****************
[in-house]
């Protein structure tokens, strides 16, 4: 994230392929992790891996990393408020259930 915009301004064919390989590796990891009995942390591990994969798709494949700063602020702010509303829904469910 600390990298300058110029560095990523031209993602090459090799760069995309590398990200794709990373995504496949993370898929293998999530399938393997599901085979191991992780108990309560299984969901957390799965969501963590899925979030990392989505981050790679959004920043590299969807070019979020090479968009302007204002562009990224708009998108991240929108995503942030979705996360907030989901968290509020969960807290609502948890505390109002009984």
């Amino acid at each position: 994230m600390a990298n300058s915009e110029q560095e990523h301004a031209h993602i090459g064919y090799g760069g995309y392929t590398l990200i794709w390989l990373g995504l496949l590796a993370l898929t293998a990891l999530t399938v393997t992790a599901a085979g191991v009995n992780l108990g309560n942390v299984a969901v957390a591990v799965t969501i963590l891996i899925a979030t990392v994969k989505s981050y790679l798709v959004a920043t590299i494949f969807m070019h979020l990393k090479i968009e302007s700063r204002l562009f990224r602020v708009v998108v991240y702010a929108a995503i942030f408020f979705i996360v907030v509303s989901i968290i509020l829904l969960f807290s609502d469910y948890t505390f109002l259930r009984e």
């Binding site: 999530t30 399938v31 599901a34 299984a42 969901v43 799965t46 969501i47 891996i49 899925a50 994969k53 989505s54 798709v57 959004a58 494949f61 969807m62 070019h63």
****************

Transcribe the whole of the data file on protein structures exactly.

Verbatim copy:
[in-house]
């Protein structure tokens, strides 16, 4: 994230392929992790891996990393408020259930 915009301004064919390989590796990891009995942390591990994969798709494949700063602020702010509303829904469910 600390990298300058110029560095990523031209993602090459090799760069995309590398990200794709990373995504496949993370898929293998999530399938393997599901085979191991992780108990309560299984969901957390799965969501963590899925979030990392989505981050790679959004920043590299969807070019979020090479968009302007204002562009990224708009998108991240929108995503942030979705996360907030989901968290509020969960807290609502948890505390109002009984």
């Amino acid at each position: 994230m600390a990298n300058s915009e110029q560095e990523h301004a031209h993602i090459g064919y090799g760069g995309y392929t590398l990200i794709w390989l990373g995504l496949l590796a993370l898929t293998a990891l999530t399938v393997t992790a599901a085979g191991v009995n992780l108990g309560n942390v299984a969901v957390a591990v799965t969501i963590l891996i899925a979030t990392v994969k989505s981050y790679l798709v959004a920043t590299i494949f969807m070019h979020l990393k090479i968009e302007s700063r204002l562009f990224r602020v708009v998108v991240y702010a929108a995503i942030f408020f979705i996360v907030v509303s989901i968290i509020l829904l969960f807290s609502d469910y948890t505390f109002l259930r009984e």
């Binding site: 999530t30 399938v31 599901a34 299984a42 969901v43 799965t46 969501i47 891996i49 899925a50 994969k53 989505s54 798709v57 959004a58 494949f61 969807m62 070019h63």